Empirical Effects of Competition Policies
Rhys is a PhD student in Economics at the University of Cambridge, supervised by Christos Genakos, Michael Pollitt and Kamiar Mohaddes. His research interests are in empirical IO, and he is currently researching the effect of quality ratings on consumer search in the healthcare sector. Future research ideas intend to investigate the application and effect of vertical restraints.
As a Director of the Workshop Series at the King’s Entrepreneurship Lab, an ecosystem designed to educate and inform future entrepreneurs, Rhys is involved in organising and facilitating workshops covering a range of entrepreneurial skills such as developing a pitch, marketing, hiring a team and exit options.
Rhys has over 5 years’ experience working in an economics consultancy, advising the EU, UK Government, and other organisations on matters of public policy. In particular, he was heavily involved in the EU DG Comp’s evaluation of the Vertical Block Exemptions Regulation, taking an empirical look at the effects of resale price maintenance in the book sector, and building a theoretical framework to consider the state of competition in the professional business services sector.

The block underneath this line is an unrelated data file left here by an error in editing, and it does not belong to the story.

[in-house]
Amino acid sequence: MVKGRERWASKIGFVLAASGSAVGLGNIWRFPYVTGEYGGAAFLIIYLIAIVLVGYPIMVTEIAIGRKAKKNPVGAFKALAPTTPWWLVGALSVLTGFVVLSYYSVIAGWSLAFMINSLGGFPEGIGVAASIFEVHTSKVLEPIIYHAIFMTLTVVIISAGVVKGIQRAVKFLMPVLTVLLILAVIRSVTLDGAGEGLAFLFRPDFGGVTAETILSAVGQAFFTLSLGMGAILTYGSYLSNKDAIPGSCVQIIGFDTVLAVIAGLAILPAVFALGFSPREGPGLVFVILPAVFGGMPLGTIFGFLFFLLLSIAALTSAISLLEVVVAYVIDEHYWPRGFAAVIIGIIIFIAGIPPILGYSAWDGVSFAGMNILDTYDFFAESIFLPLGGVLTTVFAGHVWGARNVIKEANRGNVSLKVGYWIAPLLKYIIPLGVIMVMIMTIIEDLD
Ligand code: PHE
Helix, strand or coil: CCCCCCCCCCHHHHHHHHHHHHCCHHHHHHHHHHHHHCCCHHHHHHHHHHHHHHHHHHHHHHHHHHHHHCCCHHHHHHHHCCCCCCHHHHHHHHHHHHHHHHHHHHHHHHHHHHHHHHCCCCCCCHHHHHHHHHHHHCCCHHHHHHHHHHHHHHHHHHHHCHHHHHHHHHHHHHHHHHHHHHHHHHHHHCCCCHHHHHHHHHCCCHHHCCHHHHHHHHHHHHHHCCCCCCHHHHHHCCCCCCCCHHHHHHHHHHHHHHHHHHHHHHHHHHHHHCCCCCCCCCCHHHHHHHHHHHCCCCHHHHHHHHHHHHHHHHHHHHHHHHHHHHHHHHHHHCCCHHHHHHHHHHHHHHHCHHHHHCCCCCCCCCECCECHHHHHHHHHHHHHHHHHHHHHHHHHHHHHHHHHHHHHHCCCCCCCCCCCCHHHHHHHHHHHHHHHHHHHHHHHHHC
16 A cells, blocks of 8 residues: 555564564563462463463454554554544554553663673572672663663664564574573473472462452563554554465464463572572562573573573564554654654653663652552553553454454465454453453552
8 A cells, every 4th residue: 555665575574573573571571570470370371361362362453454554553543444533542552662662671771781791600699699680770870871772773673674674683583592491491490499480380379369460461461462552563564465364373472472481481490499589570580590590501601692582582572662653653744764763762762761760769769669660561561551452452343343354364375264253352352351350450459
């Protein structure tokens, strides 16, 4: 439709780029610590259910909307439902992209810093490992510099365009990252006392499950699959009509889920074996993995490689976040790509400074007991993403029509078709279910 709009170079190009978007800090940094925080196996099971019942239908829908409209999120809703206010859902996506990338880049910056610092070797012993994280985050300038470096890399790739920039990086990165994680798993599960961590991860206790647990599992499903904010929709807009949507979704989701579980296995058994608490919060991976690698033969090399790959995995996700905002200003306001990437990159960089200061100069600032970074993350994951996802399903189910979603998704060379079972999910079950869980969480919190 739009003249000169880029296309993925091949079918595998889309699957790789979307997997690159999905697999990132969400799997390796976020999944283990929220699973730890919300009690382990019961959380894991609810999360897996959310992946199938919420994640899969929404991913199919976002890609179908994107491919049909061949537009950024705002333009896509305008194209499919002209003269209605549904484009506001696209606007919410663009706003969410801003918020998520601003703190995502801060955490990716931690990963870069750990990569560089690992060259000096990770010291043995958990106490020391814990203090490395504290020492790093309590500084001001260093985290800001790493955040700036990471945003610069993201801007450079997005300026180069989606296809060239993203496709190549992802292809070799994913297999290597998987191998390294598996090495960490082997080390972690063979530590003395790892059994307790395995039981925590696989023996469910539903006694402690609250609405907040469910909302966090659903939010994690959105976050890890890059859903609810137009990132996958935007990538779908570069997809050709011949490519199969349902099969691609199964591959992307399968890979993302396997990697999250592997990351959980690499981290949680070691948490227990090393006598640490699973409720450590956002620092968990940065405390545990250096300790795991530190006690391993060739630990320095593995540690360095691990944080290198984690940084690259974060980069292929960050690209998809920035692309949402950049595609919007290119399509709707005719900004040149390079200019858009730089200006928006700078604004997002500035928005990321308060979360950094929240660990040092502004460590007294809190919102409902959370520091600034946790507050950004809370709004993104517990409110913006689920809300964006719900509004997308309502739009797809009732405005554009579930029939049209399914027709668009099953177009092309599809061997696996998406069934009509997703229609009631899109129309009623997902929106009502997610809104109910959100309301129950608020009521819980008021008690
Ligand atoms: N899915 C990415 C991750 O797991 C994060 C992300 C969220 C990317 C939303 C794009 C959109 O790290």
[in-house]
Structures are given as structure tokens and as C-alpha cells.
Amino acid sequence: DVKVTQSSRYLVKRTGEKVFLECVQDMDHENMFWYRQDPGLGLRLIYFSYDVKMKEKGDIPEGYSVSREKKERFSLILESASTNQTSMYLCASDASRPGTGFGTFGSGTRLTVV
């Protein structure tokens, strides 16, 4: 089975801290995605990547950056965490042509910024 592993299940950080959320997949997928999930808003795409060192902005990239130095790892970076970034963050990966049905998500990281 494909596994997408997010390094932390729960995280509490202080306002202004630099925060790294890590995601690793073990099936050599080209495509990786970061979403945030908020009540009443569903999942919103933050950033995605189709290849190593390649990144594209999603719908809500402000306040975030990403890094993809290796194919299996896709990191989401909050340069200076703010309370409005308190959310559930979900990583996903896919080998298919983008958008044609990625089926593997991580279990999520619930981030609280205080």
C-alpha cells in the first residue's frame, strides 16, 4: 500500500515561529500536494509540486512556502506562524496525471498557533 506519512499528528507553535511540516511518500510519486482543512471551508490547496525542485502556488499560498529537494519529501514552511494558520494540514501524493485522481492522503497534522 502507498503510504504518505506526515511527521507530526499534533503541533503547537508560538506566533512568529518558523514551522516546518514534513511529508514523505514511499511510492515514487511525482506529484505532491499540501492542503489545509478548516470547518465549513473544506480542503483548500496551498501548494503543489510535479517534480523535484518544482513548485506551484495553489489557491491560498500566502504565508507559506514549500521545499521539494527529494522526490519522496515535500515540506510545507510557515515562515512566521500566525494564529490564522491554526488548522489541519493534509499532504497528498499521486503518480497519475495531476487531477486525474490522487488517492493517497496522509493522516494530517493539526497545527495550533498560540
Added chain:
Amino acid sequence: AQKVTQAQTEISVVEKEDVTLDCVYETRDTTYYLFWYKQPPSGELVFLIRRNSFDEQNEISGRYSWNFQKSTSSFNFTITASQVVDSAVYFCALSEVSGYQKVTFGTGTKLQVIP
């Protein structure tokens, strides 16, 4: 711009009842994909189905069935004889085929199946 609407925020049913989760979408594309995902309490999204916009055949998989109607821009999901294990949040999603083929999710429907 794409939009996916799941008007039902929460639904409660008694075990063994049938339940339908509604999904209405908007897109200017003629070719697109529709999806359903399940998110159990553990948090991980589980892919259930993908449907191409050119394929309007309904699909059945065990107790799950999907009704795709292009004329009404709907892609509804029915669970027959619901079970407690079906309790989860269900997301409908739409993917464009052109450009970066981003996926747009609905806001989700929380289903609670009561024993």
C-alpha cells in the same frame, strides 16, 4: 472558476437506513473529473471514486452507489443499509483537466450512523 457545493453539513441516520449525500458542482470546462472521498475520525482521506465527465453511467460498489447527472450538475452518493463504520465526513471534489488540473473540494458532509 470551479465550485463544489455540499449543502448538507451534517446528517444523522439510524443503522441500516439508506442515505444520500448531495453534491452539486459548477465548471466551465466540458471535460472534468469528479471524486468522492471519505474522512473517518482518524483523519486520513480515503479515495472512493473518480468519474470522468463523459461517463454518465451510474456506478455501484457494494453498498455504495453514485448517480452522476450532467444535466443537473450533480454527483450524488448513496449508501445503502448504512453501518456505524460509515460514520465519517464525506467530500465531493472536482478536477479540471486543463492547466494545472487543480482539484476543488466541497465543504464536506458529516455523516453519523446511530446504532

Rhys Williams is a member of the Economics and Policy subject group.
Applied econometrics; competition economics; industrial organisation; health economics.
Publications and papers
Williams, R.J. (2022) “The effect of casual teaching on student satisfaction: evidence from the UK.” Education Economics, 30(1): 91-111 (DOI: 10.1080/09645292.2021.1958168)
Mohaddes, K. and Williams, R.J. (2020) “The adaptive investment effect: evidence from Chinese provinces.” Economics Letters, 193: 109332 (DOI: 10.1016/j.econlet.2020.109332)
LearnEconomicsOnline.com: Economic thoughts and essays
Williams, R. (2020) “An unintended consequence of staff casualisation: the effect on student satisfaction.” The HEPI Blog, 17 July 2020
Cambridge Judge Business School
University of Cambridge
Cambridge CB2 1AG